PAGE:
Thursday, October 6, 2011
Post #2 Pop Cultural Narrative
Well friends, I'll be discussing a rather obscure director in this post. Although I doubt many of you know his name I'm betting at least half of you know his most famous movie. Ed Wood, notorious for making what is considered the worst movie in history; "Plan Nine From Outer Space". You may also be familiar with the movie made about his life; "Ed Wood" directed by Tim Burton and starring Johnny Depp as the titular Ed Wood.
It is easy to condemn Ed Wood because, let's face it, his movies are absolutely terrible. Plan Nine is a nightmare and none of his other movies fair much better. So why do some people remember the catastrophically bad Director? Why did Tim Burton take one look at Ed Wood and say "This man deserves a movie,"? The answer, to me, is quite simple.
Ed Wood did not give up hope. His movies all have a sort of charm to them because you can feel the effort he poured into them. The movies weren't bad because he didn't try, they were just quite literally poorly made by a man who didn't know what he was doing. There is something respectable about someone who refuses to give up even when everyone tells you to quit. That doesn't make his movies good, it makes him a dedicated man.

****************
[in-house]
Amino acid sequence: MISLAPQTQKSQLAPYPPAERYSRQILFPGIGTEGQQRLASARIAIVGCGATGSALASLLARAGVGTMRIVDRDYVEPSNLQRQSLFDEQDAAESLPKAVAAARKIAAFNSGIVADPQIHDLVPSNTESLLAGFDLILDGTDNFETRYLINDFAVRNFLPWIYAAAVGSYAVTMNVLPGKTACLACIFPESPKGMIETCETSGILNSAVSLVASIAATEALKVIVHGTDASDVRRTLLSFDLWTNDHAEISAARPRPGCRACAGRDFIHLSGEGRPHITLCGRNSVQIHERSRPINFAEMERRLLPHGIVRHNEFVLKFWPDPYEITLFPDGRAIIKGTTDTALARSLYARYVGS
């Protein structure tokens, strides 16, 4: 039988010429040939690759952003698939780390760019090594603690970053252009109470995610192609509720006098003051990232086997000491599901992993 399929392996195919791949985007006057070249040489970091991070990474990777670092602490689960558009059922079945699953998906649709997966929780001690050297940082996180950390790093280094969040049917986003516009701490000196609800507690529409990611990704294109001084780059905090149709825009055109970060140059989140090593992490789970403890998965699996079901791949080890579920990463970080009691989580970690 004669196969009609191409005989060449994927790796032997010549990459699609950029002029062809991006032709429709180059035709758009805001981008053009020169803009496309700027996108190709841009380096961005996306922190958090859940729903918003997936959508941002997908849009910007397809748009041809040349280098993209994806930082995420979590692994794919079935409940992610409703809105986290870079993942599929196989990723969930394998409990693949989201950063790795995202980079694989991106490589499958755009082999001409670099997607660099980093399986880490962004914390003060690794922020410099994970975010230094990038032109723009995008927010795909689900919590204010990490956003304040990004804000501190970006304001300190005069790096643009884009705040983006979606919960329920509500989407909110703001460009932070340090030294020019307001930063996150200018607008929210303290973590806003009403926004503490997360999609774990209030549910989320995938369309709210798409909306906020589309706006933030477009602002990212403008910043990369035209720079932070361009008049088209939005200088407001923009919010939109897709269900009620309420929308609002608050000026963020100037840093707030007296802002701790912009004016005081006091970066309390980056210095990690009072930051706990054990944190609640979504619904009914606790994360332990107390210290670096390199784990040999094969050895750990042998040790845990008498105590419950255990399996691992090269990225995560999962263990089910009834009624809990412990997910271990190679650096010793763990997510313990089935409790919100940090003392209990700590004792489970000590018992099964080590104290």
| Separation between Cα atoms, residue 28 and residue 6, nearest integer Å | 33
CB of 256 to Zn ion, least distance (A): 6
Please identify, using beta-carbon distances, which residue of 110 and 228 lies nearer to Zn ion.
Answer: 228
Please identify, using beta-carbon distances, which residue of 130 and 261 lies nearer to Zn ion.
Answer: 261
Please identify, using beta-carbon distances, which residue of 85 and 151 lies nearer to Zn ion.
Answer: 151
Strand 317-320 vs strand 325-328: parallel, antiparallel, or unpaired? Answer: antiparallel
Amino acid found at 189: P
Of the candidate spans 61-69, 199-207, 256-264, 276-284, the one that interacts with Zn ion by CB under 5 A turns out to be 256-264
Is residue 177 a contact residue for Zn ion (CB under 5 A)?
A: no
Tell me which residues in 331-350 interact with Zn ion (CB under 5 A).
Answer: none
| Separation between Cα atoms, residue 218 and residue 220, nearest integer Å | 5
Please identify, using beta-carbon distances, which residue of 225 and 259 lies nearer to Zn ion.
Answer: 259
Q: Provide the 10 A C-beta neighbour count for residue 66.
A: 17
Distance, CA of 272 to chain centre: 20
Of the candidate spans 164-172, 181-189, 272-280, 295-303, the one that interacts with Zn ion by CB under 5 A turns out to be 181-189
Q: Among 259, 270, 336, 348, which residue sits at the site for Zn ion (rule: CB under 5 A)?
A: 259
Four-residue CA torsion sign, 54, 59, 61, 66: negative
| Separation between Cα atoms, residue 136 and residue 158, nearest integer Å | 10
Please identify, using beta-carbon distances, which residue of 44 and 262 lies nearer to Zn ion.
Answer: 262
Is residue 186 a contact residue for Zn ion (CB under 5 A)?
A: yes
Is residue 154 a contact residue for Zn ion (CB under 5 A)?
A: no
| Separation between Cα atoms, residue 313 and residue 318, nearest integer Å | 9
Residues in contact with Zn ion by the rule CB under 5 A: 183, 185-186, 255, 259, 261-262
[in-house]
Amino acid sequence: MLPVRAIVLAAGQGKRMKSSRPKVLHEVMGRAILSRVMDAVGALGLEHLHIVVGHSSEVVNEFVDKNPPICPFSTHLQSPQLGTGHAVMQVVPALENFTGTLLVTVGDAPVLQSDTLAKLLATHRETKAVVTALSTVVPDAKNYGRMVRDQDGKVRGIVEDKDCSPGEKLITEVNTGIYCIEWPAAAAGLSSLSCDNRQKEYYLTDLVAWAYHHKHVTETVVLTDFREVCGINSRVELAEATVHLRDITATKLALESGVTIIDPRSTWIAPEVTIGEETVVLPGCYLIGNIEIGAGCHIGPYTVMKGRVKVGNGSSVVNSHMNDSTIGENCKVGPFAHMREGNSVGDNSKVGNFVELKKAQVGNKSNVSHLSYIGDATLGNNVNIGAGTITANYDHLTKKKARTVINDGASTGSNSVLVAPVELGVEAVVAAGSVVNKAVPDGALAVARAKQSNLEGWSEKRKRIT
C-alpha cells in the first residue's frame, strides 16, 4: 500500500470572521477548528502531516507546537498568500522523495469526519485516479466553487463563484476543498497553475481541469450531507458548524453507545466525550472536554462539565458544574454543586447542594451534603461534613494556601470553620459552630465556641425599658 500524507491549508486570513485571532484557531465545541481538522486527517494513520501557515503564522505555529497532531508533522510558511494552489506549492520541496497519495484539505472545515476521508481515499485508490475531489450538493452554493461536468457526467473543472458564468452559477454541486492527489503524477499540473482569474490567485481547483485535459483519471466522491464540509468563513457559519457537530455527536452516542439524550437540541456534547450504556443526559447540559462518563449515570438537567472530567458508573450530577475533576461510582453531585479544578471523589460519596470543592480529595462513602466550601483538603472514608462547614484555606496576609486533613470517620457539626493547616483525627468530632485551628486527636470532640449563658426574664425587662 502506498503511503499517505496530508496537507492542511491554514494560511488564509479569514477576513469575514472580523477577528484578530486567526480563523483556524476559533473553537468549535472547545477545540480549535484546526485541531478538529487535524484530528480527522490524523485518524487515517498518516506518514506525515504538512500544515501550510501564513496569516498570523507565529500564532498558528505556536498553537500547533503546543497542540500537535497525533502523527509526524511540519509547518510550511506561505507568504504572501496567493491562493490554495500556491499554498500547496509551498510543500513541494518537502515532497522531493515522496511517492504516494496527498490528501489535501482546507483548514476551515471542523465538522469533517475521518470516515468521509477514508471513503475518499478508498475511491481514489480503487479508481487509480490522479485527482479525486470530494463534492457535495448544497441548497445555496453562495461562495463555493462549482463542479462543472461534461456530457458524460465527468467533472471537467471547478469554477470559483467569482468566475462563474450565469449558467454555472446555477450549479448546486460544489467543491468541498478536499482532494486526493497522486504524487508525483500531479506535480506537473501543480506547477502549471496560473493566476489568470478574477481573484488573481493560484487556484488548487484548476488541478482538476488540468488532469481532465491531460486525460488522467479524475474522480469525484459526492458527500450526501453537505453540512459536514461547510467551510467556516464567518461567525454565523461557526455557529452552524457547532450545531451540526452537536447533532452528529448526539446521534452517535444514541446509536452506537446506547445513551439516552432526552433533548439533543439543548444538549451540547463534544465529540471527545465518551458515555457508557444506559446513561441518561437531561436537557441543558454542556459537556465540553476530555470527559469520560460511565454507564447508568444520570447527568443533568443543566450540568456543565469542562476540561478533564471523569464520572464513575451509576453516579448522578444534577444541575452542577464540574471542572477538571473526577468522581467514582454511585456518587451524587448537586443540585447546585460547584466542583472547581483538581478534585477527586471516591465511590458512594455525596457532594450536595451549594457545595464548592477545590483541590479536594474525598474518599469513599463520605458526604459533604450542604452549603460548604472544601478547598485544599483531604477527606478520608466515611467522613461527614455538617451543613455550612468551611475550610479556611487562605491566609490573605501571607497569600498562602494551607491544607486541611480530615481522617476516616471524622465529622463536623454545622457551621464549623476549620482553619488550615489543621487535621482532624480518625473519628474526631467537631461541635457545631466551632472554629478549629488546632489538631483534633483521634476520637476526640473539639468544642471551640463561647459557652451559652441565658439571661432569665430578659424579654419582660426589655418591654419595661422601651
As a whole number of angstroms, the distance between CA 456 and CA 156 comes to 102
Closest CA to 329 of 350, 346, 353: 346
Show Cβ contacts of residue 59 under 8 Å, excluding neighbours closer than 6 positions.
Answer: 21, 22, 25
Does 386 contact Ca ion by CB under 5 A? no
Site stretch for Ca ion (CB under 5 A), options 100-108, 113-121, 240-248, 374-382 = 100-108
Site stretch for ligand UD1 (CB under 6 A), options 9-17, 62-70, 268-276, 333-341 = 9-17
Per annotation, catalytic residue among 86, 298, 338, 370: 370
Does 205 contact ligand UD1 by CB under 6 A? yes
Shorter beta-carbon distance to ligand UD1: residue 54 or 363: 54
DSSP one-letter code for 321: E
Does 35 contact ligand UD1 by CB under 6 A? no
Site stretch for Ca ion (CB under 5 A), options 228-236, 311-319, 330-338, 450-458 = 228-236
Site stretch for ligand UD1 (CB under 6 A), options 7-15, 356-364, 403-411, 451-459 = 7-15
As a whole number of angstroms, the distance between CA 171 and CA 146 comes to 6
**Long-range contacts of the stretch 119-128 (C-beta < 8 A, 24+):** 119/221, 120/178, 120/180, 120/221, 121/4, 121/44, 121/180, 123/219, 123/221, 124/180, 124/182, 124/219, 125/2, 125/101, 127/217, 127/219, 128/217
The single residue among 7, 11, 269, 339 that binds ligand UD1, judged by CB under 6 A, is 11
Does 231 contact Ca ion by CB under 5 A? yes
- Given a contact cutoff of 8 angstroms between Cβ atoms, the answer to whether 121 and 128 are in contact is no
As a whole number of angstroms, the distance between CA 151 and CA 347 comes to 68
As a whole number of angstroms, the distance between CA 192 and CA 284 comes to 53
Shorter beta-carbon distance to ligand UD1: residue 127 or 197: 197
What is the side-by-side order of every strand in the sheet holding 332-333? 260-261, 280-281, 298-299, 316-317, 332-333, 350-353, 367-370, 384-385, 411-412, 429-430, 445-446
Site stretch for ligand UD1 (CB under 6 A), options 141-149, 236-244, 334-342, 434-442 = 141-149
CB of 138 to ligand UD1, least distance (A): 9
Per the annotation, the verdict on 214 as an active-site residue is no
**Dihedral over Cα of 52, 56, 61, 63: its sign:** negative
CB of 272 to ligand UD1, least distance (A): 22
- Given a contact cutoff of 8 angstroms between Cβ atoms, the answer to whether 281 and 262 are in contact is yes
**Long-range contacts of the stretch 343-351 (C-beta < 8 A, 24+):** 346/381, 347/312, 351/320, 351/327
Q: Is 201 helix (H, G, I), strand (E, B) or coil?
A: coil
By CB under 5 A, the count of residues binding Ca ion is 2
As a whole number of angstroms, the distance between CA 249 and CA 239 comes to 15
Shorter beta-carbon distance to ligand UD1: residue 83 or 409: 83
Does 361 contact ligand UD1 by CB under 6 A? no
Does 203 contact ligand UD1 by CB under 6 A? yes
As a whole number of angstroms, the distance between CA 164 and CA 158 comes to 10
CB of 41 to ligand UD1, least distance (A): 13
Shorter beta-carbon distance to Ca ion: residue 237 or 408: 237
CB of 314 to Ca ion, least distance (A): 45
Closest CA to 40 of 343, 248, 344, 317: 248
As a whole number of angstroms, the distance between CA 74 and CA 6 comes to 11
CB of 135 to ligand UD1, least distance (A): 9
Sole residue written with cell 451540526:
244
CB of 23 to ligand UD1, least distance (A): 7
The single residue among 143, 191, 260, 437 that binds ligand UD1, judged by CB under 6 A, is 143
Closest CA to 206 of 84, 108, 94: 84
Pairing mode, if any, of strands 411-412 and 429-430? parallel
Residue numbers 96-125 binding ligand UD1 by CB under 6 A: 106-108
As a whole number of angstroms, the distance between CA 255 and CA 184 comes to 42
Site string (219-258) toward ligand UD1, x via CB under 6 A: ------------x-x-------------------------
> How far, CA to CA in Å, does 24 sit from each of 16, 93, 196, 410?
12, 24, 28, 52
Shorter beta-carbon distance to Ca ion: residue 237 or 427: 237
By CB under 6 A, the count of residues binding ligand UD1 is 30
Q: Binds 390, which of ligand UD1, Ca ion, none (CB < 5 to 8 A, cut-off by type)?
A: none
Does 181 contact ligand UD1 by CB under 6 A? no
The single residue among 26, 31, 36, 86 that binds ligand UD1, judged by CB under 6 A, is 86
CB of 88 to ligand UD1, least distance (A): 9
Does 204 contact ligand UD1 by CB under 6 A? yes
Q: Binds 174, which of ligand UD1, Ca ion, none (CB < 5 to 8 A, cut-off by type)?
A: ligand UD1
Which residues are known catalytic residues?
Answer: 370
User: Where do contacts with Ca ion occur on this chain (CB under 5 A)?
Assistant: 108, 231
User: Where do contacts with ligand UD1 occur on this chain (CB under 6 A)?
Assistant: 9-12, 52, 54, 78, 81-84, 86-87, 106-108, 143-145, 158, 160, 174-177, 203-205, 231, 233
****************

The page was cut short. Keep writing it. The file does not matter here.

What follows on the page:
Furthermore I've always felt that the title of Worst Movie Ever was unfairly given to Plan Nine From Outer Space. The movie is horrendous, yes, but it is incredibly entertaining because of the failure involved in it. For instance; Bela Lugosi died during the filming of the movie and instead of cutting out his scenes he was replaced by a man who just held a cape in front of his face so in theory no one would notice that he wasn't Lugosi. (If you somehow don't know who Bela Lugosi is, he is most famous for playing the original Count Dracula and the original Igor along with many other incredible roles). To me, a movie is bad if it is boring. If you make a bland movie, that is the worst kind of movie, but something so bad it is funny has some worth in this world.
Ed Wood would later be immortalized by Johnny Depp and Tim Burton, who both respected the fact that Ed Wood believed in each and every one of his movies. Unlike some modern directors he stood by his movies no matter what. I respect him, not for his art, but for how loyal he was to his art. I once heard some say "A bad movie is one you mock. A terrible movie is one you forget," and I can promise you if you watch an Ed Wood movie you don't forget it anytime soon.